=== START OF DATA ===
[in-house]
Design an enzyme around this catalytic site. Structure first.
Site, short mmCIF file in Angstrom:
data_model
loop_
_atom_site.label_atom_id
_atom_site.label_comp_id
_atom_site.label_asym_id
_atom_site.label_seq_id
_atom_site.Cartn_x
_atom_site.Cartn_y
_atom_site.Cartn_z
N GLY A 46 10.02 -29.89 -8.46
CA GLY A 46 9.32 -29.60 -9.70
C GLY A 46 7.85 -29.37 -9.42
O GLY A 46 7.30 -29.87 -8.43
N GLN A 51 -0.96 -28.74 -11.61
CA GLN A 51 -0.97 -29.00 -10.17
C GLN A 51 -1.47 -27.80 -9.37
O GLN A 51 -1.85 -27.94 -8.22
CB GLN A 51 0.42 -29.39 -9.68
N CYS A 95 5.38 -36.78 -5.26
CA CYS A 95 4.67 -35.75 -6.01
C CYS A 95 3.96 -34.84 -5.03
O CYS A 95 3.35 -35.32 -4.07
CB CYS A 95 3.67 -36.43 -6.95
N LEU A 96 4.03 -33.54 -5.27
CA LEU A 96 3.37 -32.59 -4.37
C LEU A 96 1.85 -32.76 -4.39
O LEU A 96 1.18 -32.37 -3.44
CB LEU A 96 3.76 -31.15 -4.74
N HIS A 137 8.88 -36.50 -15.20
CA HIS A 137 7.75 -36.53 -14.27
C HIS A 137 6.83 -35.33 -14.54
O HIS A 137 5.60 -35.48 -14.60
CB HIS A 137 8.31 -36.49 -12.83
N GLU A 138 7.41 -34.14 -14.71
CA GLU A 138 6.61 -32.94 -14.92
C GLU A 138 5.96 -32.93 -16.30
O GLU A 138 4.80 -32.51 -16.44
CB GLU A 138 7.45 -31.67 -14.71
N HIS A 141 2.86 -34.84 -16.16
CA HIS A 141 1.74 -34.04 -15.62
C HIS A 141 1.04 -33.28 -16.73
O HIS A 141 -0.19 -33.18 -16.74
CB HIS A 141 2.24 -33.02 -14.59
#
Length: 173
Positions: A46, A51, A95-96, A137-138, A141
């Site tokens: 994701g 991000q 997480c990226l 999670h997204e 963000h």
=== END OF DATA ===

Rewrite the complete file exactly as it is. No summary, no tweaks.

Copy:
[in-house]
Design an enzyme around this catalytic site. Structure first.
Site, short mmCIF file in Angstrom:
data_model
loop_
_atom_site.label_atom_id
_atom_site.label_comp_id
_atom_site.label_asym_id
_atom_site.label_seq_id
_atom_site.Cartn_x
_atom_site.Cartn_y
_atom_site.Cartn_z
N GLY A 46 10.02 -29.89 -8.46
CA GLY A 46 9.32 -29.60 -9.70
C GLY A 46 7.85 -29.37 -9.42
O GLY A 46 7.30 -29.87 -8.43
N GLN A 51 -0.96 -28.74 -11.61
CA GLN A 51 -0.97 -29.00 -10.17
C GLN A 51 -1.47 -27.80 -9.37
O GLN A 51 -1.85 -27.94 -8.22
CB GLN A 51 0.42 -29.39 -9.68
N CYS A 95 5.38 -36.78 -5.26
CA CYS A 95 4.67 -35.75 -6.01
C CYS A 95 3.96 -34.84 -5.03
O CYS A 95 3.35 -35.32 -4.07
CB CYS A 95 3.67 -36.43 -6.95
N LEU A 96 4.03 -33.54 -5.27
CA LEU A 96 3.37 -32.59 -4.37
C LEU A 96 1.85 -32.76 -4.39
O LEU A 96 1.18 -32.37 -3.44
CB LEU A 96 3.76 -31.15 -4.74
N HIS A 137 8.88 -36.50 -15.20
CA HIS A 137 7.75 -36.53 -14.27
C HIS A 137 6.83 -35.33 -14.54
O HIS A 137 5.60 -35.48 -14.60
CB HIS A 137 8.31 -36.49 -12.83
N GLU A 138 7.41 -34.14 -14.71
CA GLU A 138 6.61 -32.94 -14.92
C GLU A 138 5.96 -32.93 -16.30
O GLU A 138 4.80 -32.51 -16.44
CB GLU A 138 7.45 -31.67 -14.71
N HIS A 141 2.86 -34.84 -16.16
CA HIS A 141 1.74 -34.04 -15.62
C HIS A 141 1.04 -33.28 -16.73
O HIS A 141 -0.19 -33.18 -16.74
CB HIS A 141 2.24 -33.02 -14.59
#
Length: 173
Positions: A46, A51, A95-96, A137-138, A141
């Site tokens: 994701g 991000q 997480c990226l 999670h997204e 963000h």